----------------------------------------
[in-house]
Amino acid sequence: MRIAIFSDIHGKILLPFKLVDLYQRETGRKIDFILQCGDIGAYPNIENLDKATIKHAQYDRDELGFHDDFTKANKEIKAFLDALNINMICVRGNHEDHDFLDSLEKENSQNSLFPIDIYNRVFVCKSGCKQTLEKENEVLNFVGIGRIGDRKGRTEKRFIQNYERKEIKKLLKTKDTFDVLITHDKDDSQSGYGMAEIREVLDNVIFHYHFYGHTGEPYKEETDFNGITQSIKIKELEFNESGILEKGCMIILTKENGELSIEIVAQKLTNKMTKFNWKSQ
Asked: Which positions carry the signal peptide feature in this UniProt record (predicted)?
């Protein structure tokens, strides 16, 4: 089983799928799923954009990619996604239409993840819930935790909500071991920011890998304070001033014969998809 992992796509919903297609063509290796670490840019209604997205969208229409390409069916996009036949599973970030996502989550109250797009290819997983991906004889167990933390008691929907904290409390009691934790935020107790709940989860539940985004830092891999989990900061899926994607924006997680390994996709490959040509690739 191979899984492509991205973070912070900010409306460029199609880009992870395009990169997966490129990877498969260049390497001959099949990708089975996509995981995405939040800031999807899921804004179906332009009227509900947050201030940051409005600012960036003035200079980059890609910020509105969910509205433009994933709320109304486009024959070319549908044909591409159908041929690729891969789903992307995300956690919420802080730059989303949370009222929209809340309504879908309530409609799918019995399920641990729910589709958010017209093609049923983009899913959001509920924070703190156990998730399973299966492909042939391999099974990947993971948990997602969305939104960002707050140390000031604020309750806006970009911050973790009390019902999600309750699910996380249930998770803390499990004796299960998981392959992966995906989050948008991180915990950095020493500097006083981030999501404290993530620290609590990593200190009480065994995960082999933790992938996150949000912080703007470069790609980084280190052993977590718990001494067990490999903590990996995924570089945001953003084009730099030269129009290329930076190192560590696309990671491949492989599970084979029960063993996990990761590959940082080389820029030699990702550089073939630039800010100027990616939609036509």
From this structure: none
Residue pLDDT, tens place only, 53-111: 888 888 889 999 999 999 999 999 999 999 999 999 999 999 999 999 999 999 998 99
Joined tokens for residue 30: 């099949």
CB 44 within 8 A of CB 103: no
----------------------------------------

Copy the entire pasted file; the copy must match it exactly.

[in-house]
Amino acid sequence: MRIAIFSDIHGKILLPFKLVDLYQRETGRKIDFILQCGDIGAYPNIENLDKATIKHAQYDRDELGFHDDFTKANKEIKAFLDALNINMICVRGNHEDHDFLDSLEKENSQNSLFPIDIYNRVFVCKSGCKQTLEKENEVLNFVGIGRIGDRKGRTEKRFIQNYERKEIKKLLKTKDTFDVLITHDKDDSQSGYGMAEIREVLDNVIFHYHFYGHTGEPYKEETDFNGITQSIKIKELEFNESGILEKGCMIILTKENGELSIEIVAQKLTNKMTKFNWKSQ
Asked: Which positions carry the signal peptide feature in this UniProt record (predicted)?
């Protein structure tokens, strides 16, 4: 089983799928799923954009990619996604239409993840819930935790909500071991920011890998304070001033014969998809 992992796509919903297609063509290796670490840019209604997205969208229409390409069916996009036949599973970030996502989550109250797009290819997983991906004889167990933390008691929907904290409390009691934790935020107790709940989860539940985004830092891999989990900061899926994607924006997680390994996709490959040509690739 191979899984492509991205973070912070900010409306460029199609880009992870395009990169997966490129990877498969260049390497001959099949990708089975996509995981995405939040800031999807899921804004179906332009009227509900947050201030940051409005600012960036003035200079980059890609910020509105969910509205433009994933709320109304486009024959070319549908044909591409159908041929690729891969789903992307995300956690919420802080730059989303949370009222929209809340309504879908309530409609799918019995399920641990729910589709958010017209093609049923983009899913959001509920924070703190156990998730399973299966492909042939391999099974990947993971948990997602969305939104960002707050140390000031604020309750806006970009911050973790009390019902999600309750699910996380249930998770803390499990004796299960998981392959992966995906989050948008991180915990950095020493500097006083981030999501404290993530620290609590990593200190009480065994995960082999933790992938996150949000912080703007470069790609980084280190052993977590718990001494067990490999903590990996995924570089945001953003084009730099030269129009290329930076190192560590696309990671491949492989599970084979029960063993996990990761590959940082080389820029030699990702550089073939630039800010100027990616939609036509």
From this structure: none
Residue pLDDT, tens place only, 53-111: 888 888 889 999 999 999 999 999 999 999 999 999 999 999 999 999 999 999 998 99
Joined tokens for residue 30: 């099949």
CB 44 within 8 A of CB 103: no